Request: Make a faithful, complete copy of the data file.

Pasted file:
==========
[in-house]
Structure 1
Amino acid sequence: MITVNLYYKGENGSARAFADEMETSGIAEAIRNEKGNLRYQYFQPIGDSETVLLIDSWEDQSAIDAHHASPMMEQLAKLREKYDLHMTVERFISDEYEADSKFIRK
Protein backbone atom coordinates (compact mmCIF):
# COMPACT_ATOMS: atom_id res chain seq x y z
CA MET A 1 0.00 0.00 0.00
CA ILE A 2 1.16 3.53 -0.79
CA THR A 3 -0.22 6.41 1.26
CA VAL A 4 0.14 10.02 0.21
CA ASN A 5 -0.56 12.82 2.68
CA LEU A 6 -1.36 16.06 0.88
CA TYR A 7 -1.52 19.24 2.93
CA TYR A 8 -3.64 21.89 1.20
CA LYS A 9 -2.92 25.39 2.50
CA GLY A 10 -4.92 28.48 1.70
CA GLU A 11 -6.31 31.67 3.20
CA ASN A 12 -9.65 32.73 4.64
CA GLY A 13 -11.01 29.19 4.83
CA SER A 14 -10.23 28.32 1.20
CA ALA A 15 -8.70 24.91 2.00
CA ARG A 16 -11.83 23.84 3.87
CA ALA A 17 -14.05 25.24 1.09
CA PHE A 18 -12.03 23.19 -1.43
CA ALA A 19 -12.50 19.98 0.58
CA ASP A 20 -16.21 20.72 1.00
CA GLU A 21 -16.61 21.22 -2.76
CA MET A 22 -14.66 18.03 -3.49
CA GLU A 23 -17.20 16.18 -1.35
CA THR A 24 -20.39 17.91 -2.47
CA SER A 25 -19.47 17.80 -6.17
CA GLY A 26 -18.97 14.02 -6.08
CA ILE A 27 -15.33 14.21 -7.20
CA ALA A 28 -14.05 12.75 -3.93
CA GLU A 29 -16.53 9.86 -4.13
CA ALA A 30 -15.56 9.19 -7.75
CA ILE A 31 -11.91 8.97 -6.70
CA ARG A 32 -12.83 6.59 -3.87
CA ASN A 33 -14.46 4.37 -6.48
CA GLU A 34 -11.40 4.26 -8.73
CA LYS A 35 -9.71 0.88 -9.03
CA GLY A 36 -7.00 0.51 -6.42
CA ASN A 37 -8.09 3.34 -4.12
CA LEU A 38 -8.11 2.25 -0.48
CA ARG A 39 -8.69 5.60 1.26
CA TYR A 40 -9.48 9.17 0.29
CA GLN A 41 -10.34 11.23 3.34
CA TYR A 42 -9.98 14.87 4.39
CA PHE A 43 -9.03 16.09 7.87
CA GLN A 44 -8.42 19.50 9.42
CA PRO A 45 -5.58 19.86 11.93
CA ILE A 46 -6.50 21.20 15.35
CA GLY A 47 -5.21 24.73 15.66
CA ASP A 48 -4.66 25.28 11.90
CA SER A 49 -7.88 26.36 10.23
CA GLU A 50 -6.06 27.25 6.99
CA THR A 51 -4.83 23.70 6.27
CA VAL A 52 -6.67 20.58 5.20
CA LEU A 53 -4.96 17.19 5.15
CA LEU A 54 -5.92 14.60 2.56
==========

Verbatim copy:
[in-house]
Structure 1
Amino acid sequence: MITVNLYYKGENGSARAFADEMETSGIAEAIRNEKGNLRYQYFQPIGDSETVLLIDSWEDQSAIDAHHASPMMEQLAKLREKYDLHMTVERFISDEYEADSKFIRK
Protein backbone atom coordinates (compact mmCIF):
# COMPACT_ATOMS: atom_id res chain seq x y z
CA MET A 1 0.00 0.00 0.00
CA ILE A 2 1.16 3.53 -0.79
CA THR A 3 -0.22 6.41 1.26
CA VAL A 4 0.14 10.02 0.21
CA ASN A 5 -0.56 12.82 2.68
CA LEU A 6 -1.36 16.06 0.88
CA TYR A 7 -1.52 19.24 2.93
CA TYR A 8 -3.64 21.89 1.20
CA LYS A 9 -2.92 25.39 2.50
CA GLY A 10 -4.92 28.48 1.70
CA GLU A 11 -6.31 31.67 3.20
CA ASN A 12 -9.65 32.73 4.64
CA GLY A 13 -11.01 29.19 4.83
CA SER A 14 -10.23 28.32 1.20
CA ALA A 15 -8.70 24.91 2.00
CA ARG A 16 -11.83 23.84 3.87
CA ALA A 17 -14.05 25.24 1.09
CA PHE A 18 -12.03 23.19 -1.43
CA ALA A 19 -12.50 19.98 0.58
CA ASP A 20 -16.21 20.72 1.00
CA GLU A 21 -16.61 21.22 -2.76
CA MET A 22 -14.66 18.03 -3.49
CA GLU A 23 -17.20 16.18 -1.35
CA THR A 24 -20.39 17.91 -2.47
CA SER A 25 -19.47 17.80 -6.17
CA GLY A 26 -18.97 14.02 -6.08
CA ILE A 27 -15.33 14.21 -7.20
CA ALA A 28 -14.05 12.75 -3.93
CA GLU A 29 -16.53 9.86 -4.13
CA ALA A 30 -15.56 9.19 -7.75
CA ILE A 31 -11.91 8.97 -6.70
CA ARG A 32 -12.83 6.59 -3.87
CA ASN A 33 -14.46 4.37 -6.48
CA GLU A 34 -11.40 4.26 -8.73
CA LYS A 35 -9.71 0.88 -9.03
CA GLY A 36 -7.00 0.51 -6.42
CA ASN A 37 -8.09 3.34 -4.12
CA LEU A 38 -8.11 2.25 -0.48
CA ARG A 39 -8.69 5.60 1.26
CA TYR A 40 -9.48 9.17 0.29
CA GLN A 41 -10.34 11.23 3.34
CA TYR A 42 -9.98 14.87 4.39
CA PHE A 43 -9.03 16.09 7.87
CA GLN A 44 -8.42 19.50 9.42
CA PRO A 45 -5.58 19.86 11.93
CA ILE A 46 -6.50 21.20 15.35
CA GLY A 47 -5.21 24.73 15.66
CA ASP A 48 -4.66 25.28 11.90
CA SER A 49 -7.88 26.36 10.23
CA GLU A 50 -6.06 27.25 6.99
CA THR A 51 -4.83 23.70 6.27
CA VAL A 52 -6.67 20.58 5.20
CA LEU A 53 -4.96 17.19 5.15
CA LEU A 54 -5.92 14.60 2.56